Baltimore County police officers working night shifts will be trading in their shirts today -- switching from bright whites to subdued blues that they say will make them a less conspicuous target for a criminal aiming a gun.
Although no studies or documented incidents suggest that officers wearing white shirts are shot more often, department officials say that perception has led to the change.
"The officers feel safer with the dark shirts on at night," said Sgt. Joseph E. Burris of the Technical Support Services Division. "They have been asking for this for years. It's the perception, and the perception is as important as reality."
Officer Eric Libby, who patrols Essex Precinct, agreed, saying a dark uniform gives him a "tactical advantage."
"In a barricade situation, when I am setting up a perimeter and the suspect is inside a house possibly with a gun and watching me, I am easy to spot in a white shirt," he said. "Also, a dark shirt wears better. The white shirt shows just about everything and, down here, where we do a lot of running on calls, we need a uniform that will hold up."
Police Chief Michael D. Gambrill said that although he prefers the white shirts, he understands officers' concerns and thinks dark shirts will work well on night shifts.
"I didn't think the dark shirts would work well during the day with the heat in Baltimore during the summer," he said. "We want them to wear their [bulletproof] vests, and that makes it hot enough even with the white shirts that reflect the heat."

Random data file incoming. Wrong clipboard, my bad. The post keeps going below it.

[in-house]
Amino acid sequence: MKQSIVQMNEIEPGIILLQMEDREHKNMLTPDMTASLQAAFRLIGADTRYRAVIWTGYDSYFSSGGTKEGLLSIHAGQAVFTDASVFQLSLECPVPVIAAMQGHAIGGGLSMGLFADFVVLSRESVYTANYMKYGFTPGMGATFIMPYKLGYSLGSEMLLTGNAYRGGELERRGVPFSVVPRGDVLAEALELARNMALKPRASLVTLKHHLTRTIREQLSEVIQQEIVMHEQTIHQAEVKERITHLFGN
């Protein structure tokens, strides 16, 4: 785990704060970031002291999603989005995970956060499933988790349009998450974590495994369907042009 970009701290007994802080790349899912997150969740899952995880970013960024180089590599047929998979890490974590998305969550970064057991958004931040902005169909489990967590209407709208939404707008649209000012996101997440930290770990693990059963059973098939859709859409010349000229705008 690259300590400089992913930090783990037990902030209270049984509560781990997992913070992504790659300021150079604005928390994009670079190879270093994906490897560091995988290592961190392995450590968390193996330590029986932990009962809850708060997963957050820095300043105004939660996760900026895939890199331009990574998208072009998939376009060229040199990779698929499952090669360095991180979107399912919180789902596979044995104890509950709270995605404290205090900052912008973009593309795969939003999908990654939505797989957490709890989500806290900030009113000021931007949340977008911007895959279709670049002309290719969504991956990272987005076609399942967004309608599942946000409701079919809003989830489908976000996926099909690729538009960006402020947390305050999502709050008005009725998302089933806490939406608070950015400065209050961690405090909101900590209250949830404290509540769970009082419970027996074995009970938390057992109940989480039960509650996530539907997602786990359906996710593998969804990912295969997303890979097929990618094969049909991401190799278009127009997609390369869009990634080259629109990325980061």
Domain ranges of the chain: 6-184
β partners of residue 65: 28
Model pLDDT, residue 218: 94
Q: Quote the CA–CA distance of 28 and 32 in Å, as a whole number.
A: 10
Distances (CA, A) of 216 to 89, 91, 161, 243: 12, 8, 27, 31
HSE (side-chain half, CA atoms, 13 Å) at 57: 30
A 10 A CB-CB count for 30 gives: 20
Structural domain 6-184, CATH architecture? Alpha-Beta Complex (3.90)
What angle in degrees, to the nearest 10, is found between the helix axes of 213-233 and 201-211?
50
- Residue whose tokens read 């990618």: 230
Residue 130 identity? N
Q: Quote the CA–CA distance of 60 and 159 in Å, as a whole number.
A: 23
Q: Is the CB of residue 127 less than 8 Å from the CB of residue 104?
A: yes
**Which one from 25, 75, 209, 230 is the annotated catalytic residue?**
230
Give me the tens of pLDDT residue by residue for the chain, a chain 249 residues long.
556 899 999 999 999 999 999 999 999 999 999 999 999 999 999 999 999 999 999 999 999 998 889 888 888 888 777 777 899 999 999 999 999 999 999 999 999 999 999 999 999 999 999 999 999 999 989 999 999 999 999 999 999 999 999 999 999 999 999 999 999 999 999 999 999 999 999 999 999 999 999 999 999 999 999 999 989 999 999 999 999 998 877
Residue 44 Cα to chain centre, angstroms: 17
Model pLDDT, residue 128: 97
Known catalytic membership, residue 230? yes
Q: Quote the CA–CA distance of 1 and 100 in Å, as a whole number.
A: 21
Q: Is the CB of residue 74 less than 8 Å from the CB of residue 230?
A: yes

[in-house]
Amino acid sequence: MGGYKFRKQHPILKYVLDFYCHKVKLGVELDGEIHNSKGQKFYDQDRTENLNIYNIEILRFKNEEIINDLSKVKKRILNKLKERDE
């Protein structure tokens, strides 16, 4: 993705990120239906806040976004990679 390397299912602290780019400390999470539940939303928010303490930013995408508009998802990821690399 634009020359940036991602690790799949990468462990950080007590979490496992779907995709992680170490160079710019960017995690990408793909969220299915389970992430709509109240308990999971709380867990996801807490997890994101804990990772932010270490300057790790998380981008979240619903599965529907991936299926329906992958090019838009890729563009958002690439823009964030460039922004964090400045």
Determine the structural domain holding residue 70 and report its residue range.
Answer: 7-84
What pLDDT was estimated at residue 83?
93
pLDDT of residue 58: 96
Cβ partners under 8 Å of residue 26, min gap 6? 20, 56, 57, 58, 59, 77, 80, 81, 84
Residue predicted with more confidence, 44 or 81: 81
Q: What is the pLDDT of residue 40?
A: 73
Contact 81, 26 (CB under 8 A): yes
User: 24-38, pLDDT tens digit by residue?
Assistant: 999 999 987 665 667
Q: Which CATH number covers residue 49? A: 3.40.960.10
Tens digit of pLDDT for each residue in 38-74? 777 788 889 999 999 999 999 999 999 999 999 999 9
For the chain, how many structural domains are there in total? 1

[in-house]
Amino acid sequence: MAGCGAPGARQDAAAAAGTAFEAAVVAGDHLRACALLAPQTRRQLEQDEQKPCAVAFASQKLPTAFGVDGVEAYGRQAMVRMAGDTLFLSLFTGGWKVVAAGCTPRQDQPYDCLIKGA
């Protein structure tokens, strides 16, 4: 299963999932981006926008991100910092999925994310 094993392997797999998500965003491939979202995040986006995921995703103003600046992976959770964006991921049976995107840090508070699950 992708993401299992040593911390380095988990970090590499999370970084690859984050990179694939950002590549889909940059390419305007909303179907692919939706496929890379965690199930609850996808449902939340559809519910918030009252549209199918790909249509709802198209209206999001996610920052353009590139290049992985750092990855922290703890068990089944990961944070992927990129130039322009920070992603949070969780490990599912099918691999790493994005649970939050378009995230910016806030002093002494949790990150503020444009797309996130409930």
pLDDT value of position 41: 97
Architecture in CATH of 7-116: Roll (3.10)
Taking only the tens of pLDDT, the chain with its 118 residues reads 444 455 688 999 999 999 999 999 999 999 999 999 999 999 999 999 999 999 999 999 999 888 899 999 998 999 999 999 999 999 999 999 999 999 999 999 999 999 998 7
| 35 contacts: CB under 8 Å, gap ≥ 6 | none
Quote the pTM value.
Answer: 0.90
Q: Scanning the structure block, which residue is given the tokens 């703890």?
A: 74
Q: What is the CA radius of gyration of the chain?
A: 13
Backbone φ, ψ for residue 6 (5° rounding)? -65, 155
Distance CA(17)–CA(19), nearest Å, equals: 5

County officers will begin wearing the shirts today. Sergeant Burris said the change will cost the department about $153,000, as about 1,000 officers are issued the new garb -- five long-sleeve and five short-sleeve shirts.
While uniforms vary from department to department, agencies across the country that once wore white shirts are changing to a darker color for the same reasons.
Baltimore Police Commissioner Thomas C. Frazier approved the change about a year ago after officers complained that they felt unsafe at night. He formerly was with the Police Department in San Jose, Calif., where officers wear dark shirts.
"The white shirts reflect in the dark at night," said Agent Ragina L. Cooper, a city police spokeswoman. "And it makes you a walking target."
While a darker shirt makes it more difficult for a gunman to target a police officer, it also makes it more difficult for the public to identify an officer, county and city officials acknowledge. Sometimes an officer wants it clearly known that he or she is the police, but other times the officer does not.
"If you are walking down a dark alley at 2 a.m., the officer feels like a target," said Sam Ringgold, a city police spokesman. "There are other things, such as the badge that is worn outside the shirt, that identify them as officers."